A series of closed-door meetings held in London in September ended with the Alderney Gaming Commission revoking the license of Full Tilt Poker. The commission, which suspended Full Tilt’s principal license in July, said the company misled it and lied about its financial operations.
The company defended its actions, and said the revocation will make it more difficult to find investors and to repay players, but said it remained committed to doing so.
The day after the license revocation, a French businessman emerged as a potential “white knight” to rescue the company from bankruptcy. But his background only made the situation more cloudy.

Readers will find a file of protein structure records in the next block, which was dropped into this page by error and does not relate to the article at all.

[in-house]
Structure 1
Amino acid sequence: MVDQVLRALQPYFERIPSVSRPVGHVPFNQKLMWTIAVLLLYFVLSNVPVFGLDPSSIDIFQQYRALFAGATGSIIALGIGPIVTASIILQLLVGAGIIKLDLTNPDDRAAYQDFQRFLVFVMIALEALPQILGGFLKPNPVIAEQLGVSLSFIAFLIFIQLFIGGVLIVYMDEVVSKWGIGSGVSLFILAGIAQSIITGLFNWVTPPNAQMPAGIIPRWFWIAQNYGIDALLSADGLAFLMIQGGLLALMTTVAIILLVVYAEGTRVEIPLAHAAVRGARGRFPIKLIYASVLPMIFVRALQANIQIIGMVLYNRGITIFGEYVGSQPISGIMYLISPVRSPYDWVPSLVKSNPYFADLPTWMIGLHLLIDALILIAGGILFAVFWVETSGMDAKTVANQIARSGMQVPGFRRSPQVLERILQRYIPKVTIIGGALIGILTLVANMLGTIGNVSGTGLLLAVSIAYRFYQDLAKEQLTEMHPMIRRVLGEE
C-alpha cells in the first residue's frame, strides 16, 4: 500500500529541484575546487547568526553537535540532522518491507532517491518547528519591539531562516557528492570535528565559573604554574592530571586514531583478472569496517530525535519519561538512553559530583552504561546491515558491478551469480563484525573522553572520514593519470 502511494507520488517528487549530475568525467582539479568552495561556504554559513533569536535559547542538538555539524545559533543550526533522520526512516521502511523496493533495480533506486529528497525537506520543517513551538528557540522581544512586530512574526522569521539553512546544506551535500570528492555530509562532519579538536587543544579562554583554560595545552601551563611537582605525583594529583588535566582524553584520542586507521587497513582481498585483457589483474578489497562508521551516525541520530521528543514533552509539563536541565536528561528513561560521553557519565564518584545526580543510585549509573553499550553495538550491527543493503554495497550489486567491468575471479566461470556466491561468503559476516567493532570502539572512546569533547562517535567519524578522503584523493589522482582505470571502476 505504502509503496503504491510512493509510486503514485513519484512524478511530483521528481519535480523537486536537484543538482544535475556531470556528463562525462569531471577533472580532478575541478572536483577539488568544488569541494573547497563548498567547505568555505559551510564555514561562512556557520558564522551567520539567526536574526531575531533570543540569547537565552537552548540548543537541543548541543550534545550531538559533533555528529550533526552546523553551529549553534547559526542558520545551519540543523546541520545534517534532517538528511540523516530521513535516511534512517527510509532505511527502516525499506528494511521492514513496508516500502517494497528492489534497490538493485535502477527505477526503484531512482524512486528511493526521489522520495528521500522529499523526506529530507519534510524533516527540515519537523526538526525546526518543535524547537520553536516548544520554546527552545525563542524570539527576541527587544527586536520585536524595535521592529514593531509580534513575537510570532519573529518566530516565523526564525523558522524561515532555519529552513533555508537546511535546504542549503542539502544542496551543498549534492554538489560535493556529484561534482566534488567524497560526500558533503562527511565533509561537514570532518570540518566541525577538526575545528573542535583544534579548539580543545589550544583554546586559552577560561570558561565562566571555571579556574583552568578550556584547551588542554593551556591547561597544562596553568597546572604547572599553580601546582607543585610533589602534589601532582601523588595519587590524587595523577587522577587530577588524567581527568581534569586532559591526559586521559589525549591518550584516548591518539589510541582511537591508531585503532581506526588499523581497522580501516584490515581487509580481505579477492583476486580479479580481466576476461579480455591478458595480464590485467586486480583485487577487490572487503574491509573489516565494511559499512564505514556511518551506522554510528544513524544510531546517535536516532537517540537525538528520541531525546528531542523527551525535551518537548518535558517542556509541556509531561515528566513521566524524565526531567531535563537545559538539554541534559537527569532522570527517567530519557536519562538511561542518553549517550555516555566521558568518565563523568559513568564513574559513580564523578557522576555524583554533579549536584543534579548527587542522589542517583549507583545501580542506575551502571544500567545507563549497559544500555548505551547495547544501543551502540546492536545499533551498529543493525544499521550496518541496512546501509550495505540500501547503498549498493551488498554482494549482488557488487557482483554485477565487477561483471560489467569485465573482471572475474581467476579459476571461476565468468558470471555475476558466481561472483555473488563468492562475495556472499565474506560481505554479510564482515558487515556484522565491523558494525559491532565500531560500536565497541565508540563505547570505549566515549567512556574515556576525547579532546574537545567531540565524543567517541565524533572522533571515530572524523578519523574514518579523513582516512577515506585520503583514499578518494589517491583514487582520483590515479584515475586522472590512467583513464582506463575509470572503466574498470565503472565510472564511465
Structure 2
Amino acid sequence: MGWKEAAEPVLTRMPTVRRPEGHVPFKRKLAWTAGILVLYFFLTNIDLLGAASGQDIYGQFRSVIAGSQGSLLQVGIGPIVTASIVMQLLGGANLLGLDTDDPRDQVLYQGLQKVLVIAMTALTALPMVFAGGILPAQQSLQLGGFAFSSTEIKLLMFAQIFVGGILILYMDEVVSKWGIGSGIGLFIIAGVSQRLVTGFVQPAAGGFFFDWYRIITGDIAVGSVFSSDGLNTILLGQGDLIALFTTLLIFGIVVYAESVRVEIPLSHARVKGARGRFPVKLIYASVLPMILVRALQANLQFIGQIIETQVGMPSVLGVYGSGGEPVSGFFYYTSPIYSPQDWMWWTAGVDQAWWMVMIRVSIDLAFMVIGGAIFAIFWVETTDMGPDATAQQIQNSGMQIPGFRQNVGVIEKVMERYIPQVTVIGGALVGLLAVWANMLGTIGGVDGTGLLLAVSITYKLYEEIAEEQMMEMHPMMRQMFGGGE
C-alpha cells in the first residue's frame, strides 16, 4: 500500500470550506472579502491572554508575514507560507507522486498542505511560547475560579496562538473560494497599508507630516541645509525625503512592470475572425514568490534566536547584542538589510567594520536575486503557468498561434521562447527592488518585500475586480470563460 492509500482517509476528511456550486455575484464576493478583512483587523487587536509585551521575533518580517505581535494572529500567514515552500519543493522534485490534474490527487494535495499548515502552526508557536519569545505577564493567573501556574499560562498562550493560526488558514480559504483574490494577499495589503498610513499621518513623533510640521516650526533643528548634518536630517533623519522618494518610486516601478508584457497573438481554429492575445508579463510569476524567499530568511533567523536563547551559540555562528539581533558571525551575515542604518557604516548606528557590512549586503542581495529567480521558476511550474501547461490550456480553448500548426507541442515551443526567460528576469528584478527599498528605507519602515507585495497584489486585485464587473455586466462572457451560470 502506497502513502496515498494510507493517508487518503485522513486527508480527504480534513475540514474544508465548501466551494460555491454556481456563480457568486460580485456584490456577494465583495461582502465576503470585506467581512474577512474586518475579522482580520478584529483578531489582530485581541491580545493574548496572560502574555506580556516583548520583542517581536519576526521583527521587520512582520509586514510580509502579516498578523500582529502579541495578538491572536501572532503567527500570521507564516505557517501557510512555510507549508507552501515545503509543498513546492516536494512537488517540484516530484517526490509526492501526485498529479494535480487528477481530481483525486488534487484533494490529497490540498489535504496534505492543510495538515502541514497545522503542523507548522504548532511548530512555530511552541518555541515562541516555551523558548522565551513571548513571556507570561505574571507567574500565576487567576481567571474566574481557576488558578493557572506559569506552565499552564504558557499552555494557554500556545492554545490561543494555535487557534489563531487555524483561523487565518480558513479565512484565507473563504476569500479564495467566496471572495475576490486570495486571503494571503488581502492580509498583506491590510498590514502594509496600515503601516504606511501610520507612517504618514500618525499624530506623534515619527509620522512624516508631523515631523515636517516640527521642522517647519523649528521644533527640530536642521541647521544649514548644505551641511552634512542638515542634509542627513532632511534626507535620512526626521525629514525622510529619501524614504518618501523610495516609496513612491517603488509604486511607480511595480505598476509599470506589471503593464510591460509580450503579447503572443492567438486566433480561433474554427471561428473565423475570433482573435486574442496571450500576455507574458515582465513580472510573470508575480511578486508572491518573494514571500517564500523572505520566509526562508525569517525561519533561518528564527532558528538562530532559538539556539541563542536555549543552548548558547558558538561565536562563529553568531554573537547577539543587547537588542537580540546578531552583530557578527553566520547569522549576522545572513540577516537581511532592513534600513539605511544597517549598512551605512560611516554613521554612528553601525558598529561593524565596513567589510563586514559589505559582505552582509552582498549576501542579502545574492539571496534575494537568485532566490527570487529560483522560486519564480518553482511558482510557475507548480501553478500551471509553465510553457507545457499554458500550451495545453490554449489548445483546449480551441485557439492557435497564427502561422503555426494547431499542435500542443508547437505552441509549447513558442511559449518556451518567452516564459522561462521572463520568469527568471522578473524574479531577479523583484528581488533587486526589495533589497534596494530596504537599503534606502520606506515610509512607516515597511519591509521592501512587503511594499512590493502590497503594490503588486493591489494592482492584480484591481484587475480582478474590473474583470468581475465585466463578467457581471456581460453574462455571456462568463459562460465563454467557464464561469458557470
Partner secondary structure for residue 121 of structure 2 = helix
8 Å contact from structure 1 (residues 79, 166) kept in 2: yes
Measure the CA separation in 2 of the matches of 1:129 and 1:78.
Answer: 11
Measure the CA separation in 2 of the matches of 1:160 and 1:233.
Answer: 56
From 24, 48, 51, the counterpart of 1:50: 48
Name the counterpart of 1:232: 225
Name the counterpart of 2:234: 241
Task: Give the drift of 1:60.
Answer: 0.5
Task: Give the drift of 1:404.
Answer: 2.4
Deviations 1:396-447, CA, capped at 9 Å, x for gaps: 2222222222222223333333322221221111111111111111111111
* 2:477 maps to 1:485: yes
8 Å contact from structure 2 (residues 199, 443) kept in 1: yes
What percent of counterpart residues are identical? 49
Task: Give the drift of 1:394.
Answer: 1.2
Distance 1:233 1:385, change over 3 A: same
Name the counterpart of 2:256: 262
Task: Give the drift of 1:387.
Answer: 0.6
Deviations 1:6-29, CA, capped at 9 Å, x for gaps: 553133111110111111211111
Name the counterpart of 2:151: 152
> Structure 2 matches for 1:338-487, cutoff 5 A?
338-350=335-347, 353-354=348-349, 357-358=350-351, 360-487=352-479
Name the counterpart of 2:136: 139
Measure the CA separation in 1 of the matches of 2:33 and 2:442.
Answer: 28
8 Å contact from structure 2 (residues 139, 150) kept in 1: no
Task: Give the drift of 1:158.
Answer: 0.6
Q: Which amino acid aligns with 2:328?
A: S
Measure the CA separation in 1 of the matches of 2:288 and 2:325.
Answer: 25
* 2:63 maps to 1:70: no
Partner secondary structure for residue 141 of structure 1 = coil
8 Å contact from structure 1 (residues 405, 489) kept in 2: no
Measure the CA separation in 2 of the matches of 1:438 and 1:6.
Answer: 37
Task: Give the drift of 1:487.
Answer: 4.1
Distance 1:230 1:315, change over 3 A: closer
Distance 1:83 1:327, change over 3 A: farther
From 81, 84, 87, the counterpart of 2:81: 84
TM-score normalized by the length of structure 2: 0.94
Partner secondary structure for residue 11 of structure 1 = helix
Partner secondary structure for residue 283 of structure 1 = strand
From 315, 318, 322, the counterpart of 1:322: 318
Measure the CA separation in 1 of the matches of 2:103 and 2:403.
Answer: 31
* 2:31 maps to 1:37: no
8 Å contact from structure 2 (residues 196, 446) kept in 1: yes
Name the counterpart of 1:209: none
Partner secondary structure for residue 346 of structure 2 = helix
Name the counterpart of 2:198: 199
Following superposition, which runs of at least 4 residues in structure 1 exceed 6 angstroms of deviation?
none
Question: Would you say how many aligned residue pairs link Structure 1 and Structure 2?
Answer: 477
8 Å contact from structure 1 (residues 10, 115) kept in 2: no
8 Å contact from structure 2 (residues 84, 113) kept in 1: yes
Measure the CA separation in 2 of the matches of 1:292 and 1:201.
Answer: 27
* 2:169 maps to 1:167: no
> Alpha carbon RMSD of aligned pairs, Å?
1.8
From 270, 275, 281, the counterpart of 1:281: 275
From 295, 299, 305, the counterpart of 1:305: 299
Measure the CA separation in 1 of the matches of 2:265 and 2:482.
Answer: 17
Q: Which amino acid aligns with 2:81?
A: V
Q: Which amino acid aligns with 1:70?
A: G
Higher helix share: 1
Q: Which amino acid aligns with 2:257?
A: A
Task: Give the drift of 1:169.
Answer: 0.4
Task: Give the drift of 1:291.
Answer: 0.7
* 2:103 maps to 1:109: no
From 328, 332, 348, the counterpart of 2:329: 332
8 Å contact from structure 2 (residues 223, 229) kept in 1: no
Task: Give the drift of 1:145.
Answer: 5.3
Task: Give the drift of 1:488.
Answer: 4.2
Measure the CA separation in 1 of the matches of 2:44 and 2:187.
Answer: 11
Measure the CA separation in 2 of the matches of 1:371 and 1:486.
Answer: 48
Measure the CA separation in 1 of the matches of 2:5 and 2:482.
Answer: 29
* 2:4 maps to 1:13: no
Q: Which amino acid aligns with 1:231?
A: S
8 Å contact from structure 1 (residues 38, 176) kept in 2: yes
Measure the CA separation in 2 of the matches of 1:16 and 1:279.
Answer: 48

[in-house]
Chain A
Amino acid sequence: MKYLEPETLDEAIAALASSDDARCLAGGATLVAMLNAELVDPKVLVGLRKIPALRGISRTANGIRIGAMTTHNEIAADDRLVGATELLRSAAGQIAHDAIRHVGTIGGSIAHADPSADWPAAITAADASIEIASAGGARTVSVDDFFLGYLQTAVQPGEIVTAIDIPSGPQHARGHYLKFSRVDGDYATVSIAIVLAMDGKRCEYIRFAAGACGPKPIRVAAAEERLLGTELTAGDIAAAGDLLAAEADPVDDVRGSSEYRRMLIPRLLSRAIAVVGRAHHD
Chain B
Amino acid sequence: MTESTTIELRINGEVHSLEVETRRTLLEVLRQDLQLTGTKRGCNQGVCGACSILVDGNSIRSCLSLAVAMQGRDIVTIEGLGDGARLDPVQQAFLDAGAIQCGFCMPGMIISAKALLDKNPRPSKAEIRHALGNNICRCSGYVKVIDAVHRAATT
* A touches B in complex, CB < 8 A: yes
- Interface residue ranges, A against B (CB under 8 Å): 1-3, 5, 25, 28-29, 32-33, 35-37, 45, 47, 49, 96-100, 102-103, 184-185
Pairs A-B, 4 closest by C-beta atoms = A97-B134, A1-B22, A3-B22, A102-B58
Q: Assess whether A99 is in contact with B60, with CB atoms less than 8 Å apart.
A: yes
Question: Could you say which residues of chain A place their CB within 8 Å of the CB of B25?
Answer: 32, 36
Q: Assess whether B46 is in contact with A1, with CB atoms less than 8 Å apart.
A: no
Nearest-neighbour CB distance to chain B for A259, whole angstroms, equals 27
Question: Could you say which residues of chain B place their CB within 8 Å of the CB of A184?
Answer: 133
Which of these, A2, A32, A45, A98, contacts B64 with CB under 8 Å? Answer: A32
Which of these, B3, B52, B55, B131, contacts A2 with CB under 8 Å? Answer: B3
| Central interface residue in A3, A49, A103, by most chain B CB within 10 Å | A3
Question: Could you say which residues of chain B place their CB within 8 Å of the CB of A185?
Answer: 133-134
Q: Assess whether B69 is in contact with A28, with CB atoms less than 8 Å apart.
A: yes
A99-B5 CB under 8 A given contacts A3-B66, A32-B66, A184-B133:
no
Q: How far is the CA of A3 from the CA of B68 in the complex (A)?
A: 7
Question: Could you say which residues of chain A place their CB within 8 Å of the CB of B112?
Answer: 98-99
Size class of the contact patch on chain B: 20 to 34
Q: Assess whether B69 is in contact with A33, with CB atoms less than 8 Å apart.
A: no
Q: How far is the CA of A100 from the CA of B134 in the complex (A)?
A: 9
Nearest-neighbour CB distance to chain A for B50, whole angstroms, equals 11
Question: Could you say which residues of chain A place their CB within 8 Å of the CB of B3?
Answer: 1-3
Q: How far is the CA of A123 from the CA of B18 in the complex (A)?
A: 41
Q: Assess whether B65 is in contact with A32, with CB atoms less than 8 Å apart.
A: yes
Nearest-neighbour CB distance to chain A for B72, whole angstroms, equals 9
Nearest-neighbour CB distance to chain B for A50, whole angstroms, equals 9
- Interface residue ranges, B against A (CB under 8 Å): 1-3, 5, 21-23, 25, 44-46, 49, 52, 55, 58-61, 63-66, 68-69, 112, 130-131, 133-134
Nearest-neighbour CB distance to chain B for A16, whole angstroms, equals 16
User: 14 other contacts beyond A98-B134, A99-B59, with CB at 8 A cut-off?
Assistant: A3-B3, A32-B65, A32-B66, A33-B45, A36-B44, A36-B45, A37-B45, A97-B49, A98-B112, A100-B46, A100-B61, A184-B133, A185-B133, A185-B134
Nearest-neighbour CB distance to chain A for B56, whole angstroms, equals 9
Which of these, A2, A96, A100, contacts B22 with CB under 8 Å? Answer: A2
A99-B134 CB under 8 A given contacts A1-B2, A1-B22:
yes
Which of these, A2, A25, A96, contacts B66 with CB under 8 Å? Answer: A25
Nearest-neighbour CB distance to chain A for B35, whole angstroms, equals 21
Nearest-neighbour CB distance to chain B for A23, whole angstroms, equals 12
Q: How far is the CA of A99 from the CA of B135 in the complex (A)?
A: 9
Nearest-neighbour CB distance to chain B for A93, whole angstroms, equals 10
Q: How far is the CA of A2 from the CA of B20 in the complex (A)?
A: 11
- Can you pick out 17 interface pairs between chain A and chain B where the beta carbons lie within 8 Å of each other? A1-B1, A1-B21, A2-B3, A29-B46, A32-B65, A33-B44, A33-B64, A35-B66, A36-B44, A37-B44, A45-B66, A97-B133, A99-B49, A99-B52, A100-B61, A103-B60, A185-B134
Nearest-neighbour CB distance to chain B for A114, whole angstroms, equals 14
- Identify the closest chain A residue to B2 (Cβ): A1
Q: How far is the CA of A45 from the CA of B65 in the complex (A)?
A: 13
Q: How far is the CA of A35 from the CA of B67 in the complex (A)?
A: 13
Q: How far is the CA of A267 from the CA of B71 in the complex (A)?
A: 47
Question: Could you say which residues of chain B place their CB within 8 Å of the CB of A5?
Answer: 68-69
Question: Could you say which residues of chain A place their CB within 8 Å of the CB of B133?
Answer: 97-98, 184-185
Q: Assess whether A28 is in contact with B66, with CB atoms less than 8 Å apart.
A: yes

Bernard Tapie made a bid to buy Full Tilt, but only if the company is able to come to a “favorable resolution” with the U.S. Department of Justice on the recently filed civil suit. Under the agreement, Tapie would repay all Full Tilt customers their deposits and winnings and take over management of the company.
Tapie is a close friend of French President Nicolas Sarkozy and was formerly a socialist minister before changing parties to support Sarkozy. He has become wealthy by buying bankrupt companies and turning them around, including a three-year period in the 1990s when he owned Adidas.
The DOJ had no comment on Tapie’s offer to buy Full Tilt, but a company spokesman said, although it is not a done deal, it was a positive for Full Tilt.
“It’s a significant development and one that definitely gives a renewed sense of optimism that the players will get paid,” said attorney Barry Boss.